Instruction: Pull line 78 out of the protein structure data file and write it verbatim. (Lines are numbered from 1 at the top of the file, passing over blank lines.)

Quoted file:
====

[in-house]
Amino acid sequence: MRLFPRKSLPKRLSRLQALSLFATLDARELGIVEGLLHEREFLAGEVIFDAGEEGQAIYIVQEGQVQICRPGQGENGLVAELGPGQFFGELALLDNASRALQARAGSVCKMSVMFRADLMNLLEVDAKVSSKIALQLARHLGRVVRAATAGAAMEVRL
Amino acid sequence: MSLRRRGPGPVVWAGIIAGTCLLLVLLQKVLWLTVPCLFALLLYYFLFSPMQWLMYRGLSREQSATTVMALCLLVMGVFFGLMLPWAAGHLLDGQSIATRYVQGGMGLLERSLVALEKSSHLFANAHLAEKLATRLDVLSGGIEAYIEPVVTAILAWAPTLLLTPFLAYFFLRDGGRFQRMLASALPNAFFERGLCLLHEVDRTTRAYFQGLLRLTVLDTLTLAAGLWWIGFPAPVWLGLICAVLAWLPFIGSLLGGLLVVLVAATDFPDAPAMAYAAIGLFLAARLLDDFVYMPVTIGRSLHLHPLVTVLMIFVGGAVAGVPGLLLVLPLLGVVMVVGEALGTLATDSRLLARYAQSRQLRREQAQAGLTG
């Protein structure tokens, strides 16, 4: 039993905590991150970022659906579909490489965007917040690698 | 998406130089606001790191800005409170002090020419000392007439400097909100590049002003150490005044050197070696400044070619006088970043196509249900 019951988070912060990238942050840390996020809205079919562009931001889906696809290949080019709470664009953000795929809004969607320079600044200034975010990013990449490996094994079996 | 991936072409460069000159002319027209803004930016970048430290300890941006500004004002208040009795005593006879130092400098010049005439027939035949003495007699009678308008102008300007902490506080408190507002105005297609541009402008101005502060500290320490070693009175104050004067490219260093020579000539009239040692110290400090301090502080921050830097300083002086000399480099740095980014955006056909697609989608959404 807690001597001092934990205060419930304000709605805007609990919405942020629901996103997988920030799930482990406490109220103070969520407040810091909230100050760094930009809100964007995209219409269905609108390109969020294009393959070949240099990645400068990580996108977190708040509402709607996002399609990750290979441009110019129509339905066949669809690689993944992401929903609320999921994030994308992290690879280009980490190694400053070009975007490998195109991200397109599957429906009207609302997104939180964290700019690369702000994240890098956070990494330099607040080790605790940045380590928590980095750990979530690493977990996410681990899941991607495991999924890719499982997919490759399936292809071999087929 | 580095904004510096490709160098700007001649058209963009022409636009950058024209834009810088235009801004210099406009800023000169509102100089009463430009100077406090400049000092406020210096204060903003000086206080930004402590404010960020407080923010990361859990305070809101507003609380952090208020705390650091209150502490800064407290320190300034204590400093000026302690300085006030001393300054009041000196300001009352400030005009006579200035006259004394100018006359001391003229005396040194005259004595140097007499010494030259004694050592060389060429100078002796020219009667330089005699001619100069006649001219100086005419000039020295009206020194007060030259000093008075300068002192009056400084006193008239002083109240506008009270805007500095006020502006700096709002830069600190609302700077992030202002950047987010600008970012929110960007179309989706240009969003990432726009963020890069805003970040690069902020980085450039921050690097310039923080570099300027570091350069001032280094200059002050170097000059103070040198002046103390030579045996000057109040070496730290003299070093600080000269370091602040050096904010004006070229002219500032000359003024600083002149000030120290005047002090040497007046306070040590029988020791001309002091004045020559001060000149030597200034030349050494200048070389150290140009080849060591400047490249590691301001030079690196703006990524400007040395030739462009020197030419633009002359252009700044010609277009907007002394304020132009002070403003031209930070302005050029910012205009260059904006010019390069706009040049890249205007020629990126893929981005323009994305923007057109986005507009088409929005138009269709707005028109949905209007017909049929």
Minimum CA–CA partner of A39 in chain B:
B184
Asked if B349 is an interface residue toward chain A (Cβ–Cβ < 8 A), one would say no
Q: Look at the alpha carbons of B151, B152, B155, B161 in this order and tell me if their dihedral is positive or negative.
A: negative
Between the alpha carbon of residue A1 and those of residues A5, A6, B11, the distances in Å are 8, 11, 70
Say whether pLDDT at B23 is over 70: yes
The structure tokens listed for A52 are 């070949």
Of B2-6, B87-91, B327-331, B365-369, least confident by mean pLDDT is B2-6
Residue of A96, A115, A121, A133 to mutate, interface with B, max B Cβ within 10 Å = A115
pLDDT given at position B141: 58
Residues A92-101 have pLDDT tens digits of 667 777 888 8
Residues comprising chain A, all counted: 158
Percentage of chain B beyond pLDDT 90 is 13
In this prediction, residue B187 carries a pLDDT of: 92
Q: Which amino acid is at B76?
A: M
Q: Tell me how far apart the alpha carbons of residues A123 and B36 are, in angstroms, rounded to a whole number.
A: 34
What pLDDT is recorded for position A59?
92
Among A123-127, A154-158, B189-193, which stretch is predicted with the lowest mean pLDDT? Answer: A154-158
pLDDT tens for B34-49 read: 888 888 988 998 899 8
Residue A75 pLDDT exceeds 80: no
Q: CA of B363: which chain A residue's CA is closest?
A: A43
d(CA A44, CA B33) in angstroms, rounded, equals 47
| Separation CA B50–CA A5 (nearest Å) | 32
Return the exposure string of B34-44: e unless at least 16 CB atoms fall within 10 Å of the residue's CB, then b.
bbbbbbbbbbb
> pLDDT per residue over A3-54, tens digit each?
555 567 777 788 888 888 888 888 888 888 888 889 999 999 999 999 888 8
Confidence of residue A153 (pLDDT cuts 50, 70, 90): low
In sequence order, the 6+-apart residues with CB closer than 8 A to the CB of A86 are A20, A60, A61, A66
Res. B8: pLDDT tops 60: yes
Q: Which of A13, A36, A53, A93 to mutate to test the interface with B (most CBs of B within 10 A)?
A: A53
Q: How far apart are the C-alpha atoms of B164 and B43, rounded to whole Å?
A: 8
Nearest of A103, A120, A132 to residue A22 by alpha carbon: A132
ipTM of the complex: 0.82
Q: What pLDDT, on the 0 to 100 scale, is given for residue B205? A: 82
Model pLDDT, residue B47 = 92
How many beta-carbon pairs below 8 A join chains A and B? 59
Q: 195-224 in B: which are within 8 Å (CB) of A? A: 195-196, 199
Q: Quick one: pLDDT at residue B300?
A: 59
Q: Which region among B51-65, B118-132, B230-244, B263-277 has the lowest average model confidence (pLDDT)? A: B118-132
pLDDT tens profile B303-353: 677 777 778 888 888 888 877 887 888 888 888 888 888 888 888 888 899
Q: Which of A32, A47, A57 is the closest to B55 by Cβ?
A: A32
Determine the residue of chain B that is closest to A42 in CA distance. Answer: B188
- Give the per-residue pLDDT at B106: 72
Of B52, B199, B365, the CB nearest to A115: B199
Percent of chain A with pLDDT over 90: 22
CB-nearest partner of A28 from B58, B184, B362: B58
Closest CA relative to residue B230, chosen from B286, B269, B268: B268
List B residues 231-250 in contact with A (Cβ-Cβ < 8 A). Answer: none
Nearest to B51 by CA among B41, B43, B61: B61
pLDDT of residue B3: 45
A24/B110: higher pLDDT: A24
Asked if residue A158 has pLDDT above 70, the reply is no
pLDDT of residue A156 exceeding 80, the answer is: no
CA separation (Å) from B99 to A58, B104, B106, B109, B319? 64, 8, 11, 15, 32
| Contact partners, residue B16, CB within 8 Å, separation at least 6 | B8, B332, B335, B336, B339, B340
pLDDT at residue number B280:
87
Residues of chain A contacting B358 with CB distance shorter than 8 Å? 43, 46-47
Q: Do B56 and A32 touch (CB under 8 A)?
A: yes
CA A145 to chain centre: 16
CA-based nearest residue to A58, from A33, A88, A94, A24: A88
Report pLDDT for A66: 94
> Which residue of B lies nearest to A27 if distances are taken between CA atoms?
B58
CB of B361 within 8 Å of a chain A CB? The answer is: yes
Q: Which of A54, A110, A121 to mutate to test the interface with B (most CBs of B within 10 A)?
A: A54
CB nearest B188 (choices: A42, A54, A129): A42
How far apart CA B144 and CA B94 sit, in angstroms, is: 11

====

> Which residue of B lies nearest to A27 if distances are taken between CA atoms?